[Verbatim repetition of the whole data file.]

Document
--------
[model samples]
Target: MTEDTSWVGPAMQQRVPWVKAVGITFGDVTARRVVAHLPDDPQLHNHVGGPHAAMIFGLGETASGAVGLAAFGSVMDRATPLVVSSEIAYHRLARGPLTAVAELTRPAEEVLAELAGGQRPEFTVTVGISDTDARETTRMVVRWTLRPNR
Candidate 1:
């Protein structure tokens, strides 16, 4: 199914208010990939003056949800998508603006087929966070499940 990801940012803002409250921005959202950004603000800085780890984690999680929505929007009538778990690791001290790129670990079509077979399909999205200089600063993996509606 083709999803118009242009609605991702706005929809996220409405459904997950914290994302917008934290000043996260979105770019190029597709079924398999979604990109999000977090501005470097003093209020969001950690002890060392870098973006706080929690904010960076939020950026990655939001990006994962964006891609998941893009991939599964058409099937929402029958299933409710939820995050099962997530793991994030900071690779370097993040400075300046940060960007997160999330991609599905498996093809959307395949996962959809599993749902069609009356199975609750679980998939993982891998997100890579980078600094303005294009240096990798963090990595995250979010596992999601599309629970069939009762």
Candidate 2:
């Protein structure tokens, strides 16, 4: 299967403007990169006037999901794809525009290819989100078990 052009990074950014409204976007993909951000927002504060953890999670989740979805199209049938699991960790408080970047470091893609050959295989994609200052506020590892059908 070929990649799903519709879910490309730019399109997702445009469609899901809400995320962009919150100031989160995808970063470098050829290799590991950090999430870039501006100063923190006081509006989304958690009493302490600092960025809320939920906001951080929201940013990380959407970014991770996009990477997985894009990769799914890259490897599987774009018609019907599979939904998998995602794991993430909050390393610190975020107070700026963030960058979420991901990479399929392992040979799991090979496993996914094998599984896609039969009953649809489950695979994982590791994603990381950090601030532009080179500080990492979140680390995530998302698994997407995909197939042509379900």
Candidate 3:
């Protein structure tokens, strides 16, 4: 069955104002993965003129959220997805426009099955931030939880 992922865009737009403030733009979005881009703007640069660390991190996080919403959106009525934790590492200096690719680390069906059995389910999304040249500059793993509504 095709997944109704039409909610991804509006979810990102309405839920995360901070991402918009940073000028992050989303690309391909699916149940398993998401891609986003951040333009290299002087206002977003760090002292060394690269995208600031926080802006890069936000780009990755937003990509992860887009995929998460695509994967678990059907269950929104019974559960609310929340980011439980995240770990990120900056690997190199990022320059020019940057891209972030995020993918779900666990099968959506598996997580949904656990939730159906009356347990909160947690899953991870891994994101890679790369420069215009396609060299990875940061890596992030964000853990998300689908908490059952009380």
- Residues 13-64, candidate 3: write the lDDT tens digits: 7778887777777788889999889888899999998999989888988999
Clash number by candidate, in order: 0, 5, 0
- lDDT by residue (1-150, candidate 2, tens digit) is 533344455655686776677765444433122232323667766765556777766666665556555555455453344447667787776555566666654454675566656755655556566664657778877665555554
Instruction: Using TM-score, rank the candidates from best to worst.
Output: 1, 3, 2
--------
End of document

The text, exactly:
[model samples]
Target: MTEDTSWVGPAMQQRVPWVKAVGITFGDVTARRVVAHLPDDPQLHNHVGGPHAAMIFGLGETASGAVGLAAFGSVMDRATPLVVSSEIAYHRLARGPLTAVAELTRPAEEVLAELAGGQRPEFTVTVGISDTDARETTRMVVRWTLRPNR
Candidate 1:
């Protein structure tokens, strides 16, 4: 199914208010990939003056949800998508603006087929966070499940 990801940012803002409250921005959202950004603000800085780890984690999680929505929007009538778990690791001290790129670990079509077979399909999205200089600063993996509606 083709999803118009242009609605991702706005929809996220409405459904997950914290994302917008934290000043996260979105770019190029597709079924398999979604990109999000977090501005470097003093209020969001950690002890060392870098973006706080929690904010960076939020950026990655939001990006994962964006891609998941893009991939599964058409099937929402029958299933409710939820995050099962997530793991994030900071690779370097993040400075300046940060960007997160999330991609599905498996093809959307395949996962959809599993749902069609009356199975609750679980998939993982891998997100890579980078600094303005294009240096990798963090990595995250979010596992999601599309629970069939009762």
Candidate 2:
């Protein structure tokens, strides 16, 4: 299967403007990169006037999901794809525009290819989100078990 052009990074950014409204976007993909951000927002504060953890999670989740979805199209049938699991960790408080970047470091893609050959295989994609200052506020590892059908 070929990649799903519709879910490309730019399109997702445009469609899901809400995320962009919150100031989160995808970063470098050829290799590991950090999430870039501006100063923190006081509006989304958690009493302490600092960025809320939920906001951080929201940013990380959407970014991770996009990477997985894009990769799914890259490897599987774009018609019907599979939904998998995602794991993430909050390393610190975020107070700026963030960058979420991901990479399929392992040979799991090979496993996914094998599984896609039969009953649809489950695979994982590791994603990381950090601030532009080179500080990492979140680390995530998302698994997407995909197939042509379900």
Candidate 3:
């Protein structure tokens, strides 16, 4: 069955104002993965003129959220997805426009099955931030939880 992922865009737009403030733009979005881009703007640069660390991190996080919403959106009525934790590492200096690719680390069906059995389910999304040249500059793993509504 095709997944109704039409909610991804509006979810990102309405839920995360901070991402918009940073000028992050989303690309391909699916149940398993998401891609986003951040333009290299002087206002977003760090002292060394690269995208600031926080802006890069936000780009990755937003990509992860887009995929998460695509994967678990059907269950929104019974559960609310929340980011439980995240770990990120900056690997190199990022320059020019940057891209972030995020993918779900666990099968959506598996997580949904656990939730159906009356347990909160947690899953991870891994994101890679790369420069215009396609060299990875940061890596992030964000853990998300689908908490059952009380």
- Residues 13-64, candidate 3: write the lDDT tens digits: 7778887777777788889999889888899999998999989888988999
Clash number by candidate, in order: 0, 5, 0
- lDDT by residue (1-150, candidate 2, tens digit) is 533344455655686776677765444433122232323667766765556777766666665556555555455453344447667787776555566666654454675566656755655556566664657778877665555554
Instruction: Using TM-score, rank the candidates from best to worst.
Output: 1, 3, 2